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So You Want To Be A College Athlete?

October 17, 2011
RECRUIT HIGH



By Melissa Dawson

University of Tulsa

Being recruited and accepted as a collegiate student-athlete requires self-discipline, organization, time management and determination.

Beginning the process early is key in achieving your eligibility. High school Freshmen and sophomores should focus on earning the best grades possible.

You should also begin evaluating your college choices. Gather all the pertinent information that will aid you in making an educated decision such as a school’s size and location, as well as, the availability of athletic scholarships or grants. Don’t forget to list those schools that offer the type of degree you are seeking.

Second, work with your high school guidance counselor to prepare for the next step. College recruiters, coaches and admissions staff all play important roles in preparing your transition to life as a collegiate student-athlete.

Many requirements must be fulfilled to qualify to play sports at a college. College student-athletes must graduate from high school, complete 16 core courses including English, Math, Science and Social Science. You must also earn a minimum GPA in those core courses and combined SAT/ACT sum score that matches your core course GPA.

High school juniors should register with the NCAA Eligibility Center and send a transcript to make sure that you meet all requirements to begin making your official visits. Juniors should also have their guidance counselor review their graduation tract including those required core courses. The junior year is also time to register for the SAT and/or ACT.

Seniors can decide whether or not to retake the SAT or ACT and continue college preparatory classes. You should also contact the NCAA Eligibility Center to review your amateur status and request your final certification after April 1.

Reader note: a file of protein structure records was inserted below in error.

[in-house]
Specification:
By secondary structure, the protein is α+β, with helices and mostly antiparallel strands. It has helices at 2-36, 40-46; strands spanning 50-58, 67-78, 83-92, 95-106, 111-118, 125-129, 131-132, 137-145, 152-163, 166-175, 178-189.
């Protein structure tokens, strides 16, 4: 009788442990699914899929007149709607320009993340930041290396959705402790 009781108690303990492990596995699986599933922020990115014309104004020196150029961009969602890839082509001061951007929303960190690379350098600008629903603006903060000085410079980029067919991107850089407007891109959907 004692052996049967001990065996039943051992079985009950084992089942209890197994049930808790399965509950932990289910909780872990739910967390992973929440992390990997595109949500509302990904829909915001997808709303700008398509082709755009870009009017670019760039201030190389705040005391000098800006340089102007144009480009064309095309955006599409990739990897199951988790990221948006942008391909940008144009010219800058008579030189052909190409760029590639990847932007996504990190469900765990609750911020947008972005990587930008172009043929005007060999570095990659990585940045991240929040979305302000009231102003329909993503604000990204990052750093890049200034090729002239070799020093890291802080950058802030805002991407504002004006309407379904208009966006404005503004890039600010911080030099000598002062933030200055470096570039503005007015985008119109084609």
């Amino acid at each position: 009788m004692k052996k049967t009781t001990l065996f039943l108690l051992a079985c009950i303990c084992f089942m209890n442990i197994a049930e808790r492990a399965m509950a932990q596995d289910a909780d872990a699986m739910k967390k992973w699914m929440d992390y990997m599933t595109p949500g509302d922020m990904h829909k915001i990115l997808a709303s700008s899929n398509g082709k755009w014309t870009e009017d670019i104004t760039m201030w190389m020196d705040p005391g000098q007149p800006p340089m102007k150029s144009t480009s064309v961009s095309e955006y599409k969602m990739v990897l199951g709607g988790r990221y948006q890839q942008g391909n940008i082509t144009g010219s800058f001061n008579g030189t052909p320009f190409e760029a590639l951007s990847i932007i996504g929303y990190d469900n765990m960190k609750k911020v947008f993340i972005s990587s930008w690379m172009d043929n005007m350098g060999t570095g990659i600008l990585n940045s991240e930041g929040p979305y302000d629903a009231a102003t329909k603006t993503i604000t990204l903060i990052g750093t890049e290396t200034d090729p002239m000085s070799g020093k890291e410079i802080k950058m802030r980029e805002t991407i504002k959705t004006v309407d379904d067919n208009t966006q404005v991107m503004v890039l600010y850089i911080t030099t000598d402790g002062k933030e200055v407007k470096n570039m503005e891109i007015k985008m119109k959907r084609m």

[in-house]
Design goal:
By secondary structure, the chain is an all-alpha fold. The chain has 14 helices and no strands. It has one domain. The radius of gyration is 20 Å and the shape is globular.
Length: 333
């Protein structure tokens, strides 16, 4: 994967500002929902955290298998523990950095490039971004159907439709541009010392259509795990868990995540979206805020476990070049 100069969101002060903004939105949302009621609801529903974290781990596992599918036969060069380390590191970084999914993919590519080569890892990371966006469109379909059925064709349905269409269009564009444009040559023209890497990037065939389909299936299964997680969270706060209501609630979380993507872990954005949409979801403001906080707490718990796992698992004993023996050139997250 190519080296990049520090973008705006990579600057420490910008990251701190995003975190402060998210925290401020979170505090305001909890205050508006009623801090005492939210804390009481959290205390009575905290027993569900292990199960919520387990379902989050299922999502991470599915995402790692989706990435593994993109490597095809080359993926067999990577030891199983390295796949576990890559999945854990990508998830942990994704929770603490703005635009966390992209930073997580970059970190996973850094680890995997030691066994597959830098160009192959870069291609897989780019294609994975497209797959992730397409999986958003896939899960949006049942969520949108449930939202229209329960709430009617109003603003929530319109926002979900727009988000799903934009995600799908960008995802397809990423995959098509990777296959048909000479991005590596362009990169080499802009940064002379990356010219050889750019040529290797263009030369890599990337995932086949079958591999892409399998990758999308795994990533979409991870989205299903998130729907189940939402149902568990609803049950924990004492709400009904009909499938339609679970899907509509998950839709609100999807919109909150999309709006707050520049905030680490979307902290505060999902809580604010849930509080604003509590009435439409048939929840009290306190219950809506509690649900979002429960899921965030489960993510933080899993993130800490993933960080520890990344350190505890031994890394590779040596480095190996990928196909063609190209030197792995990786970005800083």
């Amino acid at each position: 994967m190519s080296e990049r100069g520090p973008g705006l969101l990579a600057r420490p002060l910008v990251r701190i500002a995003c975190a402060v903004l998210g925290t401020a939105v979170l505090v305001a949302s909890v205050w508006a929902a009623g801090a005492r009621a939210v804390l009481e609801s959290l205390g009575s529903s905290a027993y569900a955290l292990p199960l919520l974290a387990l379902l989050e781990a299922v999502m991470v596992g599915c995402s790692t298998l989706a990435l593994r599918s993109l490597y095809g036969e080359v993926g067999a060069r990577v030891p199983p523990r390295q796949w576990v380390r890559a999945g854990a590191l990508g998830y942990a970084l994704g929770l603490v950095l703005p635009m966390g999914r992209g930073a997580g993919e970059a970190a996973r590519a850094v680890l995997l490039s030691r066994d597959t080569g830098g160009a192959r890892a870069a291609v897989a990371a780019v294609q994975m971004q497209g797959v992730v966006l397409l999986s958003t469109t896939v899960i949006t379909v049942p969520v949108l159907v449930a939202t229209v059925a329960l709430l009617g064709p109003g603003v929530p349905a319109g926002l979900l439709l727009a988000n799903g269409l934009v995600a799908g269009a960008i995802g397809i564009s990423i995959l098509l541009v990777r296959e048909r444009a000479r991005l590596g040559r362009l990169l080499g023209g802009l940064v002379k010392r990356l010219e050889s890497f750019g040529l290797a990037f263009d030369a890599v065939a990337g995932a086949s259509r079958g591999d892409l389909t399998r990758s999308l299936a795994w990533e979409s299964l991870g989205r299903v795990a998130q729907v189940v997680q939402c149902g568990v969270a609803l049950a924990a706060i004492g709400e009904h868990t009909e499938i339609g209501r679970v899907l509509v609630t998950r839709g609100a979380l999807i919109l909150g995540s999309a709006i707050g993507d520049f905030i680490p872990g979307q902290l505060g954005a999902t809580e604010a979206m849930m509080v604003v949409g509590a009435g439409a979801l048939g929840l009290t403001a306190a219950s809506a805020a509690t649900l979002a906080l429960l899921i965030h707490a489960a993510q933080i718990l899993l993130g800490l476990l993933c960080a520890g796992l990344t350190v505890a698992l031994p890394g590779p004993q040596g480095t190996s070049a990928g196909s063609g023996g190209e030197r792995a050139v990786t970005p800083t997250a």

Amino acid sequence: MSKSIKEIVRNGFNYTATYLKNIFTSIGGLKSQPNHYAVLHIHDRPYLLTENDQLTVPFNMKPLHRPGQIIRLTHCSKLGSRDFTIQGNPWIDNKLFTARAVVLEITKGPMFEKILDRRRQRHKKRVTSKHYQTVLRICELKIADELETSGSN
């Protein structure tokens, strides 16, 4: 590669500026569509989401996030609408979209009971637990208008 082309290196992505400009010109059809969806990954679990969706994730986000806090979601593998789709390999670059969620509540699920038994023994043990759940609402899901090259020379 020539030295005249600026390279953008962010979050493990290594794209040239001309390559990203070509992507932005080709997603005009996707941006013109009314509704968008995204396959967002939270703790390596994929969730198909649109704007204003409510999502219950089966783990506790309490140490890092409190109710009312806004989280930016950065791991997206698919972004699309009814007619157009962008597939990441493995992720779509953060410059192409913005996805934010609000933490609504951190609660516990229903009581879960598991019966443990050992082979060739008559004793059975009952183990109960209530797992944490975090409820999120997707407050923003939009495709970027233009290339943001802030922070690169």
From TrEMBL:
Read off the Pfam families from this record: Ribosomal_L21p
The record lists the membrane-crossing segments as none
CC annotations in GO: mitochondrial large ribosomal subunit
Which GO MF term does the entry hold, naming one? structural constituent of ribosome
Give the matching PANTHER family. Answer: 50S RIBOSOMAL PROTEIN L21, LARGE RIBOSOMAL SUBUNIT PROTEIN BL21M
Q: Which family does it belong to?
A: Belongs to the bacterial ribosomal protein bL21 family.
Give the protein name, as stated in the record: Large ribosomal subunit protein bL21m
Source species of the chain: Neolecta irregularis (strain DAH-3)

Remember: It’s up to you to graduate on time and send your official transcript to the NCAA Eligibility Center as a proof of graduation.

Once you’ve been accepted to a college, remember that being a student-athlete requires more time and discipline. This will most likely be the first time you have lived away from home, so you will be faced with several adjustments.

Keys to being successful in college include establishing a balance. Studying and time organization are a challenge to all college students. The school will most likely offer academic support for its student-athletes, but it will still be up to you to establish good study habits and time management outside the demands of your sport.

You will set performance goals as an athlete, but don’t forget to set academic goals as a student including working toward your chosen degree and earning your diploma on time.

The National Association of Academic Advisors for Athletics (N4A) is an educational service and professional organization dedicated to promoting academic advisement and counseling to athletics. Formed in 1975, N4A has a diverse membership, nationwide, of professionals working to empower student-athletes to become more productive individuals through educational and personal development.

Melissa Dawson is the Associate Athletics Director for Student Services at the University of Tulsa.  Dawson earned her bachelor's degree in education from Drake University in 1989, and received her master's of education degree in counseling and higher education in 1996 from DePaul. Melissa recently served on the N4A Board of Directors as Parliamentarian.


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